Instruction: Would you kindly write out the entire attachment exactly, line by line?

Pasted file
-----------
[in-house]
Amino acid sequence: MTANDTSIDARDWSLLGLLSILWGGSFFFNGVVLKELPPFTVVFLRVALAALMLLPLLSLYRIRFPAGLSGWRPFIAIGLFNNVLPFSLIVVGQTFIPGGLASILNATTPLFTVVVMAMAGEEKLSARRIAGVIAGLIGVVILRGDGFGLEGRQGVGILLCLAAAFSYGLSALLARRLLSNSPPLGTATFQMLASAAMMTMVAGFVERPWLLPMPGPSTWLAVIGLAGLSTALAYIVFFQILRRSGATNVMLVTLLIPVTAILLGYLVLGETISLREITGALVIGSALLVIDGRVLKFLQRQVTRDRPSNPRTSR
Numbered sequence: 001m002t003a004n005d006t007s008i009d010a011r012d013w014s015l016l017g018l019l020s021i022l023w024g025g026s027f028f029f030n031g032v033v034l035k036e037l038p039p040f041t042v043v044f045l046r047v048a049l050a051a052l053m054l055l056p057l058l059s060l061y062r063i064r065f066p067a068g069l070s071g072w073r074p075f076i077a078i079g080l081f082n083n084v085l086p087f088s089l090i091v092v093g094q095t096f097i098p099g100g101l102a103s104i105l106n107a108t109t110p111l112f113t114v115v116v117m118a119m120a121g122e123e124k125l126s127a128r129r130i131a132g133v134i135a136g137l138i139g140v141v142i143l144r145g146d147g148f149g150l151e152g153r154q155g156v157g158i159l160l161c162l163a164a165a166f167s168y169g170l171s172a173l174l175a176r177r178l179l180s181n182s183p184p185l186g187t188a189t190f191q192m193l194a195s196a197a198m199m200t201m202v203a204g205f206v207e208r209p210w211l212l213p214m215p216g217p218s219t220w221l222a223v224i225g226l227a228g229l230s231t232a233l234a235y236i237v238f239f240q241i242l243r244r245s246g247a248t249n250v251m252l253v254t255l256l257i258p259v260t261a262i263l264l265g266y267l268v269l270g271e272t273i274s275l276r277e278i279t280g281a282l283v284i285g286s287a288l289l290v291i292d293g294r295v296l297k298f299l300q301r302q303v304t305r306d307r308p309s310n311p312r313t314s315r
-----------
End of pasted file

[in-house]
Amino acid sequence: MTANDTSIDARDWSLLGLLSILWGGSFFFNGVVLKELPPFTVVFLRVALAALMLLPLLSLYRIRFPAGLSGWRPFIAIGLFNNVLPFSLIVVGQTFIPGGLASILNATTPLFTVVVMAMAGEEKLSARRIAGVIAGLIGVVILRGDGFGLEGRQGVGILLCLAAAFSYGLSALLARRLLSNSPPLGTATFQMLASAAMMTMVAGFVERPWLLPMPGPSTWLAVIGLAGLSTALAYIVFFQILRRSGATNVMLVTLLIPVTAILLGYLVLGETISLREITGALVIGSALLVIDGRVLKFLQRQVTRDRPSNPRTSR
Numbered sequence: 001m002t003a004n005d006t007s008i009d010a011r012d013w014s015l016l017g018l019l020s021i022l023w024g025g026s027f028f029f030n031g032v033v034l035k036e037l038p039p040f041t042v043v044f045l046r047v048a049l050a051a052l053m054l055l056p057l058l059s060l061y062r063i064r065f066p067a068g069l070s071g072w073r074p075f076i077a078i079g080l081f082n083n084v085l086p087f088s089l090i091v092v093g094q095t096f097i098p099g100g101l102a103s104i105l106n107a108t109t110p111l112f113t114v115v116v117m118a119m120a121g122e123e124k125l126s127a128r129r130i131a132g133v134i135a136g137l138i139g140v141v142i143l144r145g146d147g148f149g150l151e152g153r154q155g156v157g158i159l160l161c162l163a164a165a166f167s168y169g170l171s172a173l174l175a176r177r178l179l180s181n182s183p184p185l186g187t188a189t190f191q192m193l194a195s196a197a198m199m200t201m202v203a204g205f206v207e208r209p210w211l212l213p214m215p216g217p218s219t220w221l222a223v224i225g226l227a228g229l230s231t232a233l234a235y236i237v238f239f240q241i242l243r244r245s246g247a248t249n250v251m252l253v254t255l256l257i258p259v260t261a262i263l264l265g266y267l268v269l270g271e272t273i274s275l276r277e278i279t280g281a282l283v284i285g286s287a288l289l290v291i292d293g294r295v296l297k298f299l300q301r302q303v304t305r306d307r308p309s310n311p312r313t314s315r